La Colmena (1982)
Director: Mario Camus
Cast: Victoria Abril, Ana Belén, Concha Velasco
Plot: As in the novel of the same title from Camilo Jose Cela, "La Colmena" is a sad composition with the stories of many people in the Madrid of 1942, just the postwar of the Spanish Civil War.
Awards: Won Golden Bear (Berlin).
Rating: NC16 for some sexual content.
IN RETROSPECT (Spoilers: NO)
This film feels very rarely seen, almost unheard of. That is surprising because it won the Golden Berlin Bear. Yet it doesn't come up frequently in discussion on Spanish cinema. Perhaps it has been overshadowed by another Spanish film made nine years earlier, Victor Erice's The Spirit of the Beehive (1973) which shares a similar word in its title.
'Colmena' means hive, and the 1982 picture La Colmena literally means 'The Beehive', adapted for the screen from Camino Jose Cela's novel of the same name, one of the most critical texts of Spanish literature that wasn’t published in Spain because of strict censorship rules.
La Colmena is an evocation of the past, set after the Spanish Civil War in the 1940s. It centers on a seemingly random collection of characters in a casual dining place run by a strict woman. There are poets, writers, lonely women, lonely men, rich and poor people, and a man who really needs to stop smoking. They drink and talk, sometimes out of intellectual pursuit, sometimes out of boredom.
It is like a beehive, bustling and busy. Yet it is also a beehive because the many bees in this excellent drama contribute to director Mario Camus' vision of a self-contained narrative of a troubled past. It is a film in which the sum is greater than its parts.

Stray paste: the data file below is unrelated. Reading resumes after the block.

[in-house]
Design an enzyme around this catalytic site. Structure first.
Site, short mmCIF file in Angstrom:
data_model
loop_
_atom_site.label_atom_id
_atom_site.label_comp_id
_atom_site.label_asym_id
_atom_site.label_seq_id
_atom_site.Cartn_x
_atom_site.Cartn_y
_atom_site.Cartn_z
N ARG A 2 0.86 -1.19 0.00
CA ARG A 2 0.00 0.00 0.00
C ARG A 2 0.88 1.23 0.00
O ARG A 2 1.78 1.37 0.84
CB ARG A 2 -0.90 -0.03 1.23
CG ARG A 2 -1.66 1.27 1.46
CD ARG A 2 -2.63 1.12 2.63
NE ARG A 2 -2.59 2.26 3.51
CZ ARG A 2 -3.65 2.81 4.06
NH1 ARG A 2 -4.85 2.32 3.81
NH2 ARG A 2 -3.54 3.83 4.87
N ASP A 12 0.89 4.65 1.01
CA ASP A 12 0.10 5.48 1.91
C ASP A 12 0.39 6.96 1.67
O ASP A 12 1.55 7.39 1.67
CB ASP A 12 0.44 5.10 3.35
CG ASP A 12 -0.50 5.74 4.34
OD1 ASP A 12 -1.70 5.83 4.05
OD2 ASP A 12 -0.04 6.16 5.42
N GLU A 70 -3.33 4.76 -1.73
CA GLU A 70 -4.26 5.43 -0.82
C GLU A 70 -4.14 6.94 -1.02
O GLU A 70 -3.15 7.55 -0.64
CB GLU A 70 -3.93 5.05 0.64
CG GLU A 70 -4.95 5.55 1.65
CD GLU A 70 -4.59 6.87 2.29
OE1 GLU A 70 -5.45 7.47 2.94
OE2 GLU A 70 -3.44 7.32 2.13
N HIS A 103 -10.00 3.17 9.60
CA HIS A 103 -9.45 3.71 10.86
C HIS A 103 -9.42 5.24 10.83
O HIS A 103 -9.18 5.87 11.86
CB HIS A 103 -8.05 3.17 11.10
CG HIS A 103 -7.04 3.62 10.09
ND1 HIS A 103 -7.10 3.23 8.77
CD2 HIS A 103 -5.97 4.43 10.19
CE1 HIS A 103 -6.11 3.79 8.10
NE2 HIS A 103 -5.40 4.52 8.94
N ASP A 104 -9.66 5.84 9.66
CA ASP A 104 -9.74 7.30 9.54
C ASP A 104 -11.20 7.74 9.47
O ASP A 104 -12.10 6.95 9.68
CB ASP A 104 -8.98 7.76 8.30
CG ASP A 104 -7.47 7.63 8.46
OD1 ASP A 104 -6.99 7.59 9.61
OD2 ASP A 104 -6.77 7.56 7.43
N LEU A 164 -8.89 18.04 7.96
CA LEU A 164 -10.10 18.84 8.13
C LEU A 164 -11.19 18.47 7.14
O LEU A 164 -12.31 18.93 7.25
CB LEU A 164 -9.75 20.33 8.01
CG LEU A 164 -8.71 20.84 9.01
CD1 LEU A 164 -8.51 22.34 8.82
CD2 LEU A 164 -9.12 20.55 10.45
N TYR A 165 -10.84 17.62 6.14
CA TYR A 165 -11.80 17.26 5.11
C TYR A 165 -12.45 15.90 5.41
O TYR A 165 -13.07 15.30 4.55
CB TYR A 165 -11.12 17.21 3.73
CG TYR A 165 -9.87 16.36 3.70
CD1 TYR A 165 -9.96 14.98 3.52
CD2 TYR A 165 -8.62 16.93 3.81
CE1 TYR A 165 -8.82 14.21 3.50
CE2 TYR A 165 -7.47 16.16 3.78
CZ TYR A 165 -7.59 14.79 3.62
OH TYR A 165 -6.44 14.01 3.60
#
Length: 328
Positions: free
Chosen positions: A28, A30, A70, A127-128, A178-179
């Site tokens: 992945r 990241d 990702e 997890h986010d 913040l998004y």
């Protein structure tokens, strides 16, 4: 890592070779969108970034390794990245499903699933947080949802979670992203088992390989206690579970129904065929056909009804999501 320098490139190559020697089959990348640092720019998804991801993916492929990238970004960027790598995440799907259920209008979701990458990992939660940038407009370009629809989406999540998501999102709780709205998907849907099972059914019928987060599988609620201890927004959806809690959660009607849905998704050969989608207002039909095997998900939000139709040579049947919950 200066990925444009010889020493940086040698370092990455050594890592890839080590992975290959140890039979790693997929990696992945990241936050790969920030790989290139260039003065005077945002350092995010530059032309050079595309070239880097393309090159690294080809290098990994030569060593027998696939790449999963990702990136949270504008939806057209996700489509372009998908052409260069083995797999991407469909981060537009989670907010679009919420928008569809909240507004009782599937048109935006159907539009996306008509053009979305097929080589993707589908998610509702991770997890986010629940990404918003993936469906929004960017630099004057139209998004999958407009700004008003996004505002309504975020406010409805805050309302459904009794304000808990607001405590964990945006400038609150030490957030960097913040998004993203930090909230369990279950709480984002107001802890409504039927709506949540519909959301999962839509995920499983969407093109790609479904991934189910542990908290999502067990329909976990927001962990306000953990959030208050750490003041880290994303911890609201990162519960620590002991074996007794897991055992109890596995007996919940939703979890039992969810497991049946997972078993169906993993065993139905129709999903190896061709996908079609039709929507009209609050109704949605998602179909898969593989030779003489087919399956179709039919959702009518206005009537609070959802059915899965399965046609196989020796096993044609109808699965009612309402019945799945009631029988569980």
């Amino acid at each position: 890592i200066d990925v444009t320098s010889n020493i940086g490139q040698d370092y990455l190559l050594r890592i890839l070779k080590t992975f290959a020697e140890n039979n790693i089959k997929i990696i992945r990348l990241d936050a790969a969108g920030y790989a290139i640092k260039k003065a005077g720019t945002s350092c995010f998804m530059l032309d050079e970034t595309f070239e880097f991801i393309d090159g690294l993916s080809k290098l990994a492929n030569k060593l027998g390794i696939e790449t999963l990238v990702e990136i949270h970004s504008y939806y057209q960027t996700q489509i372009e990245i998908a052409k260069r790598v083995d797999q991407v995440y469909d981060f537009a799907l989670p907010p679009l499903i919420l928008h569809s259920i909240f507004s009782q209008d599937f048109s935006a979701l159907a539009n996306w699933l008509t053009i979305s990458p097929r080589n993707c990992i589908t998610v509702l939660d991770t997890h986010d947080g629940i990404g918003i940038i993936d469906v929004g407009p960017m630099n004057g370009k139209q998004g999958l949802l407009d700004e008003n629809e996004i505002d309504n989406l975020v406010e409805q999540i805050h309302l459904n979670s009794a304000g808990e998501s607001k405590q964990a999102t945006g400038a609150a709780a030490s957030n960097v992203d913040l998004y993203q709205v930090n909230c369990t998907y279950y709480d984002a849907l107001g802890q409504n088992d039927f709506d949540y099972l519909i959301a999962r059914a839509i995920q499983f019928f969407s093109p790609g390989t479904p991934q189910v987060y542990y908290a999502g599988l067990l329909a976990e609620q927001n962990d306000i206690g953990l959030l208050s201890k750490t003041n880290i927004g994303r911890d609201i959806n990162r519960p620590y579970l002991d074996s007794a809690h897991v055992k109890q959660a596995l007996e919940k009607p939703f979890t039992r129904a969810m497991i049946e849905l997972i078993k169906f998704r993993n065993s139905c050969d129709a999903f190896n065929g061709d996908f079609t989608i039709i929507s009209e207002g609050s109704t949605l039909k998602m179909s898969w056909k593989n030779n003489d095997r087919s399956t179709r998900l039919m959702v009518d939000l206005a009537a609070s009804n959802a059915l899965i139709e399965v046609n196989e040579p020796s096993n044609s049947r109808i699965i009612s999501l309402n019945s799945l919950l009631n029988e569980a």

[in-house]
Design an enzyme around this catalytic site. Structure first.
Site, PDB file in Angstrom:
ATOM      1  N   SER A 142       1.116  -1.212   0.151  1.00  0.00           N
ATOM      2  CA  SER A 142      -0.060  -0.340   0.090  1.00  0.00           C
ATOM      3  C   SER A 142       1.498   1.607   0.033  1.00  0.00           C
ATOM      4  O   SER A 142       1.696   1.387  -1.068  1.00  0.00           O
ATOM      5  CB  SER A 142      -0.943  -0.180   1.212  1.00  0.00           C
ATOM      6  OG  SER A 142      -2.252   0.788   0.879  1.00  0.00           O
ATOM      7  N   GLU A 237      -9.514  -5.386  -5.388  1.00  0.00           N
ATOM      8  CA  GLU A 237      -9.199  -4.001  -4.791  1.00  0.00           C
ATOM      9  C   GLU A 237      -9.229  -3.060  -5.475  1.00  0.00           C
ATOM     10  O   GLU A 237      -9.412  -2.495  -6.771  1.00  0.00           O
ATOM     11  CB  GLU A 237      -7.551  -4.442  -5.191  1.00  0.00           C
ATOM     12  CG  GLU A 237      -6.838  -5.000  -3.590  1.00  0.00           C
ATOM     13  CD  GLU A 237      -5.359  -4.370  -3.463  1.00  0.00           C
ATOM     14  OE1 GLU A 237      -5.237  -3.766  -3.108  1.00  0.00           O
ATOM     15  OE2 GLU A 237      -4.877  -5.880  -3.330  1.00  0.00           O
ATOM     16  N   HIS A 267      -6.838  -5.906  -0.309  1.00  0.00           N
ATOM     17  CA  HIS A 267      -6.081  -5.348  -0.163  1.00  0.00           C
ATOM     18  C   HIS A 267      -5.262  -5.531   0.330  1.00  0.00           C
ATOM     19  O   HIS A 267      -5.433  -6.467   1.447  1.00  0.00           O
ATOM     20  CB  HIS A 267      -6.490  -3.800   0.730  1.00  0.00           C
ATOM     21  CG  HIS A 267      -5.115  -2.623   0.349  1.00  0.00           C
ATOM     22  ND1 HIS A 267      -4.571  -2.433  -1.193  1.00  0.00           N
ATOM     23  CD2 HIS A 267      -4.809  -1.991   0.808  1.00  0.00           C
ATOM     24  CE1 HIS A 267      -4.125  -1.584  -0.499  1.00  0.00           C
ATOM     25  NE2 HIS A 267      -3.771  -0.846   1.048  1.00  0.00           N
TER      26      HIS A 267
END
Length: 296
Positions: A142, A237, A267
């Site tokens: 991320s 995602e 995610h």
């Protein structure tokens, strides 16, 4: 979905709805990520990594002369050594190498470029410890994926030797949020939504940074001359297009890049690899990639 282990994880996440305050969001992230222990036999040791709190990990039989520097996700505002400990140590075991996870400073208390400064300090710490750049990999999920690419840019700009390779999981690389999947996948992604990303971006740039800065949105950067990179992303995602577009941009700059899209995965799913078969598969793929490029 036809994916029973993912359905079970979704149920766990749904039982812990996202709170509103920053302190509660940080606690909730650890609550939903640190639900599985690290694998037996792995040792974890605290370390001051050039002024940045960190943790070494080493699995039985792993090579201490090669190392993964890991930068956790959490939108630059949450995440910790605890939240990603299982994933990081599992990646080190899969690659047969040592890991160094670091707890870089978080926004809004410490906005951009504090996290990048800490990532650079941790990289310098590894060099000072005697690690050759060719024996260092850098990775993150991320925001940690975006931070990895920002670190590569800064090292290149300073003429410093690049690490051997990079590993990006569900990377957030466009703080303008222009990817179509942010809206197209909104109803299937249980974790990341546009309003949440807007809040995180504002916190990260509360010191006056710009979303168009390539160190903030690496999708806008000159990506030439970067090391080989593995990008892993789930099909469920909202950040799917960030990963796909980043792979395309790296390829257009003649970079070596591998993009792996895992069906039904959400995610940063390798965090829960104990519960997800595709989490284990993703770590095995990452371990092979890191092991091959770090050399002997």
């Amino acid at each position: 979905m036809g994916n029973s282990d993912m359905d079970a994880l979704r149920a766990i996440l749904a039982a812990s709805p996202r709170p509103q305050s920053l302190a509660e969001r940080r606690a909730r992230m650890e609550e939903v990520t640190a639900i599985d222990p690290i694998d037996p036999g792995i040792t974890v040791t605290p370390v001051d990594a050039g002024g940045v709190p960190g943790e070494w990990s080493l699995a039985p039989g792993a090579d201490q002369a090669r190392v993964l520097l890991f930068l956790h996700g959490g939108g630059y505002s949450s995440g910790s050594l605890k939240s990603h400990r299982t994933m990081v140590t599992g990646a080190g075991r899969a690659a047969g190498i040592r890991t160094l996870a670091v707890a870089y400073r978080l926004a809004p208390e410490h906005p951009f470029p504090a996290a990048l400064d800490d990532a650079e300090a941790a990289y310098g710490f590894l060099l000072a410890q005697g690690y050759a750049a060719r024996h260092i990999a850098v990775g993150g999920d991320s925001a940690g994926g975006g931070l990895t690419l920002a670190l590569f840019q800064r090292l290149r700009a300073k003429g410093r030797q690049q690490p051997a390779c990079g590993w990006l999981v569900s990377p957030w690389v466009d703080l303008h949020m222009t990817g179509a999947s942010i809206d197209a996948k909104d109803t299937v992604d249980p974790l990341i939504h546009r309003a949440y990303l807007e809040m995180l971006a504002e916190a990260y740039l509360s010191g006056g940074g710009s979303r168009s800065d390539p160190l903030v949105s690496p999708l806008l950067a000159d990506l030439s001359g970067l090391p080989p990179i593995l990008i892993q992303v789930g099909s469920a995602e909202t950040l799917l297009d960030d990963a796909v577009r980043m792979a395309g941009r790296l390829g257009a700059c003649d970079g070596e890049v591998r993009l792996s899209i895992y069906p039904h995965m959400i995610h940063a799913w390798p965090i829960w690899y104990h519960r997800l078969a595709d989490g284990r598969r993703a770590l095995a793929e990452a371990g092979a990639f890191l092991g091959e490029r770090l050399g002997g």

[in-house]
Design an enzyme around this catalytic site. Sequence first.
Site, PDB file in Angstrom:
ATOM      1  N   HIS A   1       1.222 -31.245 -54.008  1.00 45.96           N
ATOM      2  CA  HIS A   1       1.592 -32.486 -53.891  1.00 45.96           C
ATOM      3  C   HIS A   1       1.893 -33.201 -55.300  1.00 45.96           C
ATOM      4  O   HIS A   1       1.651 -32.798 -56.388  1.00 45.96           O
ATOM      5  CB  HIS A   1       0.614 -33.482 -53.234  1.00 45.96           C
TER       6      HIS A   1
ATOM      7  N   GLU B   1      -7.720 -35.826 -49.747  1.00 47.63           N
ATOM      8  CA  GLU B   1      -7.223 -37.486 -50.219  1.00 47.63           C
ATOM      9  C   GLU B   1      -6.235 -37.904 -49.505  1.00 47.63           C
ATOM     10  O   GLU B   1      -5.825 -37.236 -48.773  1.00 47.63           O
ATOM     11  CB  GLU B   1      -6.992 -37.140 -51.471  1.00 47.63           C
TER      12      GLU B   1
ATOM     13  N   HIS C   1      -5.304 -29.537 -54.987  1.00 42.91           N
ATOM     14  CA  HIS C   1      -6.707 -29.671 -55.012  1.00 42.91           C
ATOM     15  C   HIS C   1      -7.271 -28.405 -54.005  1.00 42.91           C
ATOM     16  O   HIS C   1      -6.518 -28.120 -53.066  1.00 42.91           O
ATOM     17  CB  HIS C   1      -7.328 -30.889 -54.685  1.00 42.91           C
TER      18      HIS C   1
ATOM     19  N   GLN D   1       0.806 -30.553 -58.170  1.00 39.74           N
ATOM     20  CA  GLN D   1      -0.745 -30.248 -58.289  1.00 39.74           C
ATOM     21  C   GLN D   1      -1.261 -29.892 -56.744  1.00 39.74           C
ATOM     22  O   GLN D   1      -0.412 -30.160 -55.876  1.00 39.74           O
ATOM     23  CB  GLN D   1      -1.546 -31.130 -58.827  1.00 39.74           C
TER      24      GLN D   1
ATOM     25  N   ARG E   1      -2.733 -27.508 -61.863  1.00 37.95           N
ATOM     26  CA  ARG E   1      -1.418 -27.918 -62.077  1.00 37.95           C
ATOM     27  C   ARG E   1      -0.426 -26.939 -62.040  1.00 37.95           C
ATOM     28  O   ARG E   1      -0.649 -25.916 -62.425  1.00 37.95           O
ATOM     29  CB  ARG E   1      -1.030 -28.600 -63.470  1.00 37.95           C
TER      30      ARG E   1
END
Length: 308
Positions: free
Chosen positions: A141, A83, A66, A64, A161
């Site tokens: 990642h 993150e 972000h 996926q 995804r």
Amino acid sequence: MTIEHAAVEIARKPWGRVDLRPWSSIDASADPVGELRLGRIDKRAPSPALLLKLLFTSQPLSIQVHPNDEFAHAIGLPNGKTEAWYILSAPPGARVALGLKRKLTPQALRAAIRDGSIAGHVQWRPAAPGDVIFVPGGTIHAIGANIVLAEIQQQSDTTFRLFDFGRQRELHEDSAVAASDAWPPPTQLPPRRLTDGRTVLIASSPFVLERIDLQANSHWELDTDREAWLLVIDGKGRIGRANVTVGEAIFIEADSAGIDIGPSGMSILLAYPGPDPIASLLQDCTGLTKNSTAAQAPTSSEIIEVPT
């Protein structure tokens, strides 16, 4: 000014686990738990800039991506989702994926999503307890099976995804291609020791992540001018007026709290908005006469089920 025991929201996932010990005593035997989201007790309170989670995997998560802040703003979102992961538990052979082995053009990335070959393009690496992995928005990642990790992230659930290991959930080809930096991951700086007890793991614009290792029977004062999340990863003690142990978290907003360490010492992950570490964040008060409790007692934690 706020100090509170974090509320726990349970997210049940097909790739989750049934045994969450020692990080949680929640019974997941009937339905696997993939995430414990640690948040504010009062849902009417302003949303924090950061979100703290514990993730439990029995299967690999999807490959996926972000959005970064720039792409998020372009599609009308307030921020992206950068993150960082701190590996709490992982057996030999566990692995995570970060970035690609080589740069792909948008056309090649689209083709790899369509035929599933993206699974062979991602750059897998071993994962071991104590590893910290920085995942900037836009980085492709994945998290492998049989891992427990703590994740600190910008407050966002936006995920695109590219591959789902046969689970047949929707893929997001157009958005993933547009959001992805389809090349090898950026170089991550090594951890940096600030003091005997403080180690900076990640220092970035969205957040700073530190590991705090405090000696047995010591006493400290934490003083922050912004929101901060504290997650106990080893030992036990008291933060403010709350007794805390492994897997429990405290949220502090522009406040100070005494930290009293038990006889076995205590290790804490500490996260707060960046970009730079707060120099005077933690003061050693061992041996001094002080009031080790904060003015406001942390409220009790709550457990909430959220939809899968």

Made post-Franco, La Colmena is a unique examination of the social conditions and consequences during the early years of the Franco regime. It doesn’t overtly show poverty, struggle and oppression, but through the film’s colourful characters and their conversations with each other, we can feel that they are living in a time and space that is characterized by a lack of many kinds of freedoms.
There is a constant dialectic between the poor poets who try to lead honest lives, and the rich businessmen who succeed through illegal means. Sometimes darkly comic, La Colmena is rich in dialogue and characterizations. It may not be a breakthrough work in any way, but it leaves some sort of strange impression that is enough to allow me to get a sense of history through its periodization.
Camus would eventually direct The Holy Innocents (1984), which won a couple of awards at Cannes, and still his most well-known work to date. You are encouraged to check out La Colmena if you can find a good copy.
Verdict: A post-Franco film set after the Spanish Civil War that is an evocative and intriguing examination of social conditions and consequences through a myriad of rich, interesting characters.
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